British judge denies Maduro Venezuela's gold in London bank

A British judge has refused to give Venezuela's President Nicolás Maduro control of nearly $2 billion in gold sitting in a Bank of England vault

The ruling clarifies the question of who is Venezuela’s legitimate leader — at least in the eyes of one world power.

“This is very much showing the isolation of the Maduro government,” said Christopher Sabatini, a senior research fellow for Latin America at the Chatham House think tank in London.

Guaidó has sought to preserve the gold stash at the Bank of England to keep it out of the hands of the Maduro government, which it contends is illegitimate and corrupt. His lawyers reiterated during a recent four-day hearing their stance that the National Assembly leader became Venezuela’s rightful president under provisions of the country’s constitution.

Guaidó, who holds no practical power within Venezuela, called the ruling a “great victory” for his interim government's international recognition and the anti-Maduro coalition's fight to protect the country's wealth and assets held abroad, which includes an ongoing battle over its Citgo refineries in the United States.

“The first thing is that it's protected from the clutches of the dictatorship,” Guaidó said of the gold, adding that for now it will remain in the bank's vaults.

Venezuela sits atop the world's largest crude reserves, but that source of cash has dried up under years of mismanagement and more recently stiff U.S. sanctions aimed at forcing Maduro out.

Venezuela holds a total of about $1.8 billion worth of gold at the Bank of England, and Maduro was asking for $1 billion of it.

The dispute hinged on the British stance toward Venezuela, a country in economic and political crisis where both Maduro and Guaidó have been claiming presidential powers for more than a year.

Venezuela's Central Bank, controlled by Maduro', sought to release the gold, which it says now that it wants to sell for food and medical equipment that is desperately needed to tackle the COVID-19 pandemic. But it had also sought the gold before the pandemic began.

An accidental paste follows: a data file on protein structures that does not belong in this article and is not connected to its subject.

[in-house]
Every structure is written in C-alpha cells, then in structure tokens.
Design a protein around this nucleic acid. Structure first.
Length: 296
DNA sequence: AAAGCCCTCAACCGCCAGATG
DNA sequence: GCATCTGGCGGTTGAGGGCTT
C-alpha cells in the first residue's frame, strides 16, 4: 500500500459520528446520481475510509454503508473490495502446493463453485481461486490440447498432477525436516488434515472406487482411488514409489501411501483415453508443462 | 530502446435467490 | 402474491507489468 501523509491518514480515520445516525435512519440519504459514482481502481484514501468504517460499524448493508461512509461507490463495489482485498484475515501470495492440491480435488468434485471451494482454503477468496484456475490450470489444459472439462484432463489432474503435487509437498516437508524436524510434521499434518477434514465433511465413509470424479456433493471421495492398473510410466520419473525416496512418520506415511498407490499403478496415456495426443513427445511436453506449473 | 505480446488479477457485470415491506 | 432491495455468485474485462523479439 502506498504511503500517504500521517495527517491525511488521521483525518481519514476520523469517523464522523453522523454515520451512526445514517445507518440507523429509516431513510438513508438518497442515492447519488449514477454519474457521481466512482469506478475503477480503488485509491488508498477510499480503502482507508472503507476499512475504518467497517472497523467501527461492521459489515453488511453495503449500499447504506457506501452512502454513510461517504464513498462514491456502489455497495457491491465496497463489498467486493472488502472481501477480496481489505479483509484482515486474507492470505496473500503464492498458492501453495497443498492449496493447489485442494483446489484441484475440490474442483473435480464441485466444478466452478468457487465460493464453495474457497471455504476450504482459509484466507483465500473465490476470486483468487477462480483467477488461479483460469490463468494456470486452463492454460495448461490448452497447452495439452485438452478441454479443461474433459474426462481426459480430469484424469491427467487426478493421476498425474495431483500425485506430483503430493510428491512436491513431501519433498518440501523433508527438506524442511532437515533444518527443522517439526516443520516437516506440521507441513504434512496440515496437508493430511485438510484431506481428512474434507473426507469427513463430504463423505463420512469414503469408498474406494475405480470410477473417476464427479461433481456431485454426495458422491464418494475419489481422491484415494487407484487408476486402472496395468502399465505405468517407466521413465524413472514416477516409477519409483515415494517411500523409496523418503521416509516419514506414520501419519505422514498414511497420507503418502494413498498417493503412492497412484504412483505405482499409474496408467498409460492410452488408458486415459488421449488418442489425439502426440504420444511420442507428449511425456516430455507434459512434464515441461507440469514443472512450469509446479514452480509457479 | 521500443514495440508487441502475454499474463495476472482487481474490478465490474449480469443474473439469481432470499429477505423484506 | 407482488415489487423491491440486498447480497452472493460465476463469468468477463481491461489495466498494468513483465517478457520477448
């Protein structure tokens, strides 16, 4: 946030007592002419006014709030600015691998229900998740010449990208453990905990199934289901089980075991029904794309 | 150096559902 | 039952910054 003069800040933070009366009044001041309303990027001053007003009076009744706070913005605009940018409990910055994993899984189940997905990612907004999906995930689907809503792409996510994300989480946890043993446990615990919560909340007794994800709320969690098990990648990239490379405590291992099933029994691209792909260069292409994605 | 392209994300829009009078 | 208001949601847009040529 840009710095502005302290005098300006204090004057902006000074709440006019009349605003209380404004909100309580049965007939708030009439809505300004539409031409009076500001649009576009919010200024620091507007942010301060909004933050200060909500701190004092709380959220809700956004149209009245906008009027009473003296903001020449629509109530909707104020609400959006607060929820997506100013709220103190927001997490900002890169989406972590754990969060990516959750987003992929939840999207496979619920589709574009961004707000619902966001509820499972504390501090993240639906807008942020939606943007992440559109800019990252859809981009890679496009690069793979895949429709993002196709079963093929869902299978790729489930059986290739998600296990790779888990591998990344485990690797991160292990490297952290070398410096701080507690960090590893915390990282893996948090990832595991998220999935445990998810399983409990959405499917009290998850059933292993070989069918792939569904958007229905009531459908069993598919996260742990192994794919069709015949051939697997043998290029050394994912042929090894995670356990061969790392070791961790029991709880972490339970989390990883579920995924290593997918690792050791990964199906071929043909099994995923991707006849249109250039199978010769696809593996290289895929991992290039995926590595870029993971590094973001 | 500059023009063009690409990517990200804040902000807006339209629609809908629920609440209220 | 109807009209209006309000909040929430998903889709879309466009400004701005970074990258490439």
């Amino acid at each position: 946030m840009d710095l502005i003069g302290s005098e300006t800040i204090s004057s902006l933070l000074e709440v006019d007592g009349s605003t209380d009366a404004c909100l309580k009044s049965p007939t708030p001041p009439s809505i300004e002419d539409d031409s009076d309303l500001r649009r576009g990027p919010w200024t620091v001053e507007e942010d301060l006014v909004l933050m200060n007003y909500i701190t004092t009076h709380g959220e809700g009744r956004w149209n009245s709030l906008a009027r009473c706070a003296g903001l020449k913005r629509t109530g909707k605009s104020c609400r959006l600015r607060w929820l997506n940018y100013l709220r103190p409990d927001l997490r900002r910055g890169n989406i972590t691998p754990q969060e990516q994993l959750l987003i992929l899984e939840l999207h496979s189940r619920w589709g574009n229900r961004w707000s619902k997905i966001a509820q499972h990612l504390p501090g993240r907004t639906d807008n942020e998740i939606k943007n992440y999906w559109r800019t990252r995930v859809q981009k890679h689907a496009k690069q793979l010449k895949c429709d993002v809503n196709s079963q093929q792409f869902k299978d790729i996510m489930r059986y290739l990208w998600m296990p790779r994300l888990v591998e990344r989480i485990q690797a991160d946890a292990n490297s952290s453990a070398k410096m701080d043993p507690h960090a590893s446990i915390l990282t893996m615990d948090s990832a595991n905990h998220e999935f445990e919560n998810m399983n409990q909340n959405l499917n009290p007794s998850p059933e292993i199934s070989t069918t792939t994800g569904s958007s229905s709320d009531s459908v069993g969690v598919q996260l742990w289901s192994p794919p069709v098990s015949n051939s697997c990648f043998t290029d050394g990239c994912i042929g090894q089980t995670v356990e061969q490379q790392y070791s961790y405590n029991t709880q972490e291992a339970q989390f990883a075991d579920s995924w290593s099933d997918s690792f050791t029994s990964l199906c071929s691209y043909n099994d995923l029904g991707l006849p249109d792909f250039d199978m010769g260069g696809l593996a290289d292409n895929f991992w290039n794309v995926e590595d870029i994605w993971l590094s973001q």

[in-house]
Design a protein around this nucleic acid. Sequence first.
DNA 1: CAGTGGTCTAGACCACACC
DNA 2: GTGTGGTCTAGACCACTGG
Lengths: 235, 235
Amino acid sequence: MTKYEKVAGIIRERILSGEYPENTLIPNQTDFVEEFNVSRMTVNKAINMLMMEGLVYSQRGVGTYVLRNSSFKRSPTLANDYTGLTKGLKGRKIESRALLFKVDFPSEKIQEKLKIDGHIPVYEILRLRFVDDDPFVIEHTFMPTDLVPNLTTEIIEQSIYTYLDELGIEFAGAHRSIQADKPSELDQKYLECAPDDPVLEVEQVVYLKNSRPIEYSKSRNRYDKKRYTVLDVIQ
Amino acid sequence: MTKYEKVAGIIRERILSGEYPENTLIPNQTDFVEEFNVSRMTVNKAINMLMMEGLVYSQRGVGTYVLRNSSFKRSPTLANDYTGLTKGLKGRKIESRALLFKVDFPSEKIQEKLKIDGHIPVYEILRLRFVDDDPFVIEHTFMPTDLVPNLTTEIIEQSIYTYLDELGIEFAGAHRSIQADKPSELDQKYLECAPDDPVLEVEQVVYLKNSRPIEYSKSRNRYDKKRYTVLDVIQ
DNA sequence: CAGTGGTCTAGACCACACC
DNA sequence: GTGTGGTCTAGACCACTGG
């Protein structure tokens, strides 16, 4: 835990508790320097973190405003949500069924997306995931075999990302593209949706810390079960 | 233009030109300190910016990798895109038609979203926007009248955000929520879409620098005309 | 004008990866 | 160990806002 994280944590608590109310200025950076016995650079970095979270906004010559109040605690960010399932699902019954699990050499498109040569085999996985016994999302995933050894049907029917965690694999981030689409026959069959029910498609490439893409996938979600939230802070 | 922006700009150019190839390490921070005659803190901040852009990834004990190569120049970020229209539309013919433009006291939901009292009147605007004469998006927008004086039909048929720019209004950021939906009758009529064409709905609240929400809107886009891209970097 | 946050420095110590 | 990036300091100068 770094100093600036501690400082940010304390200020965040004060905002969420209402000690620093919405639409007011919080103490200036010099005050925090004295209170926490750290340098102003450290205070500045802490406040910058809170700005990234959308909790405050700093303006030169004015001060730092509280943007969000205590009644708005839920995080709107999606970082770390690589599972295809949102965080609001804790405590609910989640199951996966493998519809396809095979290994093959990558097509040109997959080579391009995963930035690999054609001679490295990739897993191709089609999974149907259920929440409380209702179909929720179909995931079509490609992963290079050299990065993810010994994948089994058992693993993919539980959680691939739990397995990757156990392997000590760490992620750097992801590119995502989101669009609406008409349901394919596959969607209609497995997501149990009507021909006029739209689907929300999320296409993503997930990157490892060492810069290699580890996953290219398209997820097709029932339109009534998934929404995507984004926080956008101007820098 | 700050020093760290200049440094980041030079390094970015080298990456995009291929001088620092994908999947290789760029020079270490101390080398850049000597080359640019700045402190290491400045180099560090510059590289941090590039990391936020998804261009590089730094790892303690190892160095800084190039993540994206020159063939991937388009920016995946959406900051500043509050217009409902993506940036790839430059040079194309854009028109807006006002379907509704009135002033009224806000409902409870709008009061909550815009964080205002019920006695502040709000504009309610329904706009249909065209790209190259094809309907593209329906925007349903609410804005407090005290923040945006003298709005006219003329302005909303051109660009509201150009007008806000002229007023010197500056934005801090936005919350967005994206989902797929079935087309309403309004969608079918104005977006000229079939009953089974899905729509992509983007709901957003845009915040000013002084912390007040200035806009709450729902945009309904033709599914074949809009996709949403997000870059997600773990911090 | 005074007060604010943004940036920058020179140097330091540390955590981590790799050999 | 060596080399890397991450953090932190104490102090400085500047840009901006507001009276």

The British government “has unequivocally recognized Mr. Guaidó as President of Venezuela,” the court ruling said. “It necessarily follows that (it) no longer recognizes Mr. Maduro as President of Venezuela.”

A lawyer representing Maduro's side promised to appeal. Sarosh Zaiwalla said in a statement that the judgment “entirely ignores the reality of the situation on the ground” in Venezuela.

“Mr. Maduro’s government is in complete control of Venezuela and its administrative institutions, and only it can ensure the distribution of the humanitarian relief and medical supplies needed to combat the coronavirus pandemic,” he said. “This outcome will now delay matters further, to the detriment of the Venezuelan people whose lives are at risk.”

The U.K. recognizes the claim of Guaidó, who heads Venezuela’s congress, as do the United States and about five dozen other governments. Guaidó proclaimed himself the interim president in early 2019, months after Maduro declared victory in an election that his critics say was rigged in his favor.

Maduro maintains the support of key allies, including Russia, China, Iran, Turkey and Cuba.

Despite its support for Guaidó, the U.K. continues to have diplomatic ties with Maduro’s government. The British have not granted diplomatic credentials to the envoy that Guaidó has named ambassador to the U.K.

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Smith reported from Caracas, Venezuela.